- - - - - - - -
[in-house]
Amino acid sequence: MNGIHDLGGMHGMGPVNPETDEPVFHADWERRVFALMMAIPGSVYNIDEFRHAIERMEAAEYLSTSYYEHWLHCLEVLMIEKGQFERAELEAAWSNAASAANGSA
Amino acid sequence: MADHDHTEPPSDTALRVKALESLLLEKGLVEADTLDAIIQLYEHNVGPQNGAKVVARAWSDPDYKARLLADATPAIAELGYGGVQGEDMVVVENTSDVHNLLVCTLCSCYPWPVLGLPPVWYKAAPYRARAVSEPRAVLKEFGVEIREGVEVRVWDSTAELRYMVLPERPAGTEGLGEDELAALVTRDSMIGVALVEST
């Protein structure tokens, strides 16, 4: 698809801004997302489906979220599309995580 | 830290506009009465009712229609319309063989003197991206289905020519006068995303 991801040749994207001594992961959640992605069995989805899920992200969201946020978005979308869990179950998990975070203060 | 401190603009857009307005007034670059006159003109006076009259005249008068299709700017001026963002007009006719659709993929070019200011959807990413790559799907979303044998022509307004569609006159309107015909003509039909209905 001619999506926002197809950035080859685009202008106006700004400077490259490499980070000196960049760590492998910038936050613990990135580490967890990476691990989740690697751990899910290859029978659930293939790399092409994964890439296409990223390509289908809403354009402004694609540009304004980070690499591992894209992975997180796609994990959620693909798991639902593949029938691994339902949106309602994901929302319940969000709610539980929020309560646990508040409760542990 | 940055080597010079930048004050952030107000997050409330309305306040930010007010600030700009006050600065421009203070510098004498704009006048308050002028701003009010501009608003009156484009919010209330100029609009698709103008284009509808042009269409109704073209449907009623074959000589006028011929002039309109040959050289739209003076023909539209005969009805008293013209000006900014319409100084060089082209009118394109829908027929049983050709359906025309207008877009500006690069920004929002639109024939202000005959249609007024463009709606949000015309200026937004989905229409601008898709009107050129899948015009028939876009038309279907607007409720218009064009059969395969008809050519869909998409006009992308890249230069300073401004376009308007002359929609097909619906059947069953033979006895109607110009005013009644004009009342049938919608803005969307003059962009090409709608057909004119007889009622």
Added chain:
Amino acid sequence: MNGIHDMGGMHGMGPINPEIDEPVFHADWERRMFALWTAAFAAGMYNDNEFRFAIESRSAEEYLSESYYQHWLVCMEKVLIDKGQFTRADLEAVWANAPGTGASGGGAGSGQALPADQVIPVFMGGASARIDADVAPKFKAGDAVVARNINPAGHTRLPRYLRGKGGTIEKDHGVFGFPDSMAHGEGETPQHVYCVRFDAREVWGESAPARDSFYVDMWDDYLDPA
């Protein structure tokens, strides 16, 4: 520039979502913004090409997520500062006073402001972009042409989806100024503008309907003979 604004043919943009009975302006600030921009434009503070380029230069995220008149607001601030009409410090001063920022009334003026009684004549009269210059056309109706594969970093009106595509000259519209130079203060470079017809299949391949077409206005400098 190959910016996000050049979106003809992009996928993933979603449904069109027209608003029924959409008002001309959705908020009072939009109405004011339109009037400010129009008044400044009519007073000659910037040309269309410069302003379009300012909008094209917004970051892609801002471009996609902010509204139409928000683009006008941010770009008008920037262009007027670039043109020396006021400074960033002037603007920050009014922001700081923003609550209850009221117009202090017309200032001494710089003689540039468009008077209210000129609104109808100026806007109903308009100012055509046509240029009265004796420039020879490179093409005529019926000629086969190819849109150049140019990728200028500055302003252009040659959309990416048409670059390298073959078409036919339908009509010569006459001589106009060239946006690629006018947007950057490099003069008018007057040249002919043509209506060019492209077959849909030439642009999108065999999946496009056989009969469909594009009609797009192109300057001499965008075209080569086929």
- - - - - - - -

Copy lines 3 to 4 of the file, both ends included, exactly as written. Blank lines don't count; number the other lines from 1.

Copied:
Amino acid sequence: MADHDHTEPPSDTALRVKALESLLLEKGLVEADTLDAIIQLYEHNVGPQNGAKVVARAWSDPDYKARLLADATPAIAELGYGGVQGEDMVVVENTSDVHNLLVCTLCSCYPWPVLGLPPVWYKAAPYRARAVSEPRAVLKEFGVEIREGVEVRVWDSTAELRYMVLPERPAGTEGLGEDELAALVTRDSMIGVALVEST
């Protein structure tokens, strides 16, 4: 698809801004997302489906979220599309995580 | 830290506009009465009712229609319309063989003197991206289905020519006068995303 991801040749994207001594992961959640992605069995989805899920992200969201946020978005979308869990179950998990975070203060 | 401190603009857009307005007034670059006159003109006076009259005249008068299709700017001026963002007009006719659709993929070019200011959807990413790559799907979303044998022509307004569609006159309107015909003509039909209905 001619999506926002197809950035080859685009202008106006700004400077490259490499980070000196960049760590492998910038936050613990990135580490967890990476691990989740690697751990899910290859029978659930293939790399092409994964890439296409990223390509289908809403354009402004694609540009304004980070690499591992894209992975997180796609994990959620693909798991639902593949029938691994339902949106309602994901929302319940969000709610539980929020309560646990508040409760542990 | 940055080597010079930048004050952030107000997050409330309305306040930010007010600030700009006050600065421009203070510098004498704009006048308050002028701003009010501009608003009156484009919010209330100029609009698709103008284009509808042009269409109704073209449907009623074959000589006028011929002039309109040959050289739209003076023909539209005969009805008293013209000006900014319409100084060089082209009118394109829908027929049983050709359906025309207008877009500006690069920004929002639109024939202000005959249609007024463009709606949000015309200026937004989905229409601008898709009107050129899948015009028939876009038309279907607007409720218009064009059969395969008809050519869909998409006009992308890249230069300073401004376009308007002359929609097909619906059947069953033979006895109607110009005013009644004009009342049938919608803005969307003059962009090409709608057909004119007889009622």